January 23, 2018
Interviewed by: Privcap
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The Complexities of Management Company Investments

Geoffrey Newton of Baker Botts LLP explains the dynamics between PE funds and management teams.

Geoffrey Newton of Baker Botts LLP explains the dynamics between PE funds and management teams.

The Complexities of Management Company Investments

Geoffrey Newton, Baker Botts:

Normally, the way this is done is that if you have a management team that you know you want to work with, but they haven’t yet purchased an asset or identified an asset, you start small. So, what you do is tie up the team. You also agree to pay their G&A, so you bear the freight, the fund bears the freight and the management team begins to work on the process. But the fund doesn’t really have to make a large commitment at that time financially because they don’t know whether the commitment needs to be for $100 million or $400 million, so they start small and then they adjust to fit whatever is ultimately found.

What are the contractual commitments between the private equity fund and the management team?

Newton: If a private equity fund is going to invest in a management team, they don’t control the asset, so what they really need to do is control the people. It’s a people business. They say, “We’ll invest in you, but you have to promise us several things. The first thing is that you’ll devote 100% of your time to this platform. Second thing is that any opportunities you find in the energy industry, you will refer to this platform and you won’t have any outside interest. The third thing is that you have to avoid conflicts of interest. So, if there are other transactions that would affect this company, you’ll avoid it. The funds are very strict about this. They really enforce this. If, for example, they require management teams to list every oil and gas interest they own when the team is formed … you typically tell them, “You can continue to hold those, but you can’t buy any others while you’re working for this company.”

How is control allocated between the private equity fund and management?

Newton: These companies are typically 100% funded by the private equity fund, so that the private equity fund will require that management put in a certain amount of skin in the game, a certain amount of equity. But typically, if it’s going to be a pretty big company, if the private equity fund puts in $400 million, management might put in $4 million or $8 million, but nothing meaningful compared to what the private equity fund does. The string that goes with that is the private equity fund will insist on controlling almost all major decisions for the company. Management would be on the board, but would always be outvoted if it disagreed with the fund.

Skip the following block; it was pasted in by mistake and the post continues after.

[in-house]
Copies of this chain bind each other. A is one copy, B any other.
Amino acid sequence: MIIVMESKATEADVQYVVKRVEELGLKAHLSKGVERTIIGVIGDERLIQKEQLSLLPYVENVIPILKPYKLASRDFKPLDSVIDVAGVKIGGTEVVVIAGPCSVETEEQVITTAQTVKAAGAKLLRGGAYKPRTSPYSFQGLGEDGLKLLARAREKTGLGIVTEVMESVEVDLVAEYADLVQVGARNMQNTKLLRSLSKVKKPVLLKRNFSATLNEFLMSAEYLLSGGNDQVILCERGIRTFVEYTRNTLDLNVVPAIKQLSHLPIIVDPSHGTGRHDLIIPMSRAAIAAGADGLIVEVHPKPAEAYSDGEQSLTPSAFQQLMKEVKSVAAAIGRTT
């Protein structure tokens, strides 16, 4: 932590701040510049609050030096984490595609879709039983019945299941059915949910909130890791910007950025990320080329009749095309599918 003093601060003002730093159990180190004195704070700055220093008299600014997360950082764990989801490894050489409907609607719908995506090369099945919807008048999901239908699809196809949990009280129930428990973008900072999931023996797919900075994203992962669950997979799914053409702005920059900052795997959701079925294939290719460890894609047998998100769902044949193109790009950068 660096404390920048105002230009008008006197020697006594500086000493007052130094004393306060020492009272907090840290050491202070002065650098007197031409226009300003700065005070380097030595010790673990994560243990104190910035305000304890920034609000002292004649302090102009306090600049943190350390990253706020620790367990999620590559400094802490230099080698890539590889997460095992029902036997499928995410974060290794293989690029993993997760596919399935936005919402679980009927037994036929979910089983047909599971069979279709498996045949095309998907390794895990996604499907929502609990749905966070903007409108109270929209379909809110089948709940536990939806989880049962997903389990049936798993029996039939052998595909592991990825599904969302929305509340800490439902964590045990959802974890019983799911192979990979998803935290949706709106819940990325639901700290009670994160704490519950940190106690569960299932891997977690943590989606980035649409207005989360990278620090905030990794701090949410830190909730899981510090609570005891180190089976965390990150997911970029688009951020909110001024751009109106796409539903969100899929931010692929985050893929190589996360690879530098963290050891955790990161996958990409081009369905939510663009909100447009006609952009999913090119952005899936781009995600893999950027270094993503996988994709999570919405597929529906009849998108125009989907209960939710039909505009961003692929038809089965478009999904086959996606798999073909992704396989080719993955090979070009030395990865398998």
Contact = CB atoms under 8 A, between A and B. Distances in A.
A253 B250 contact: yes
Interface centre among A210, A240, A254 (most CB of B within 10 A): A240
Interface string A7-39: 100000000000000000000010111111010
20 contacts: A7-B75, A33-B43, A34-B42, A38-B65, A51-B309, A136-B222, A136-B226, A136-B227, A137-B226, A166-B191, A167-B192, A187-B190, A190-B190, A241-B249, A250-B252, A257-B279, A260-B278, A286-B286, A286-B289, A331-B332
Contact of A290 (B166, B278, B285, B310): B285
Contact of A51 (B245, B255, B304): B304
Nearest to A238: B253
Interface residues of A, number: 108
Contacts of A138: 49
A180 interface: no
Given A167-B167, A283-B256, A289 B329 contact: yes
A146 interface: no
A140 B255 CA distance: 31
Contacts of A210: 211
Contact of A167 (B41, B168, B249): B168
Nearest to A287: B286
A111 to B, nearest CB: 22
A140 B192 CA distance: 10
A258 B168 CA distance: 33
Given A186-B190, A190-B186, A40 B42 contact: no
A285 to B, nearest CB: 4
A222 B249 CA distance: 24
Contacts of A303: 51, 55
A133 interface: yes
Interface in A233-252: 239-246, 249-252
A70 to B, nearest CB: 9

What are some standard incentive terms around this relationship?

Newton: Here’s where it gets interesting for management. We’ve already mentioned that they’ll get paid their G&A. So, their salaries will get paid, but that’s only the table stakes for the fund. What the management really is in there for is to get the carried interest on the investment, or incentive distributions, as they refer to it. These are very generous, typically, for these companies. Sometimes there are two, three or four tiers of incentives and they’re based on things like internal rate of return or ROI. So, once the initial investment is made and once it’s been returned, they’ll get quite a high return. They may start at an 8% or 10% return at the first hurdle, but they may get up to as high as 40% of the profits at the high end of the return.

What are some disputes that could take place between management teams and the private equity funds that a well-structured partnership would hope to avoid?

Newton: You can spend as much time thinking about structures as you want, but it’s really hard to avoid some of the disputes that might arise. As you can imagine, when bad things happen, that’s when disputes tend to arise. Probably the most typical dispute that comes up is that the management team has signed up to work with a private equity fund. It’s made its first investment and the first investment wasn’t a success. So, instead of making a big profit—perhaps it has broken even or it’s even lost money—at that point, management has very little incentive to keep working for that company. So, in essence, in some cases, they stop working hard on the projects and they go to the private equity sponsor and say, “You need to fix this or else this platform’s not going to be worth anything to you.”

Other examples that are very frequent are if you have a management team, it’s not atypical for three people in a management team to work out fine, but for one person not to get along with the sponsor. In most cases, in my experience, the sponsor reserves the right to fire someone from the team if they have to. So, if you’ve got four people, even though they say we’re a team, the sponsor says, “If this person isn’t working out, I can ask them to leave.” Maybe that person retains his interest, but the sponsor needs to be able to make sure the deal rolls forward.

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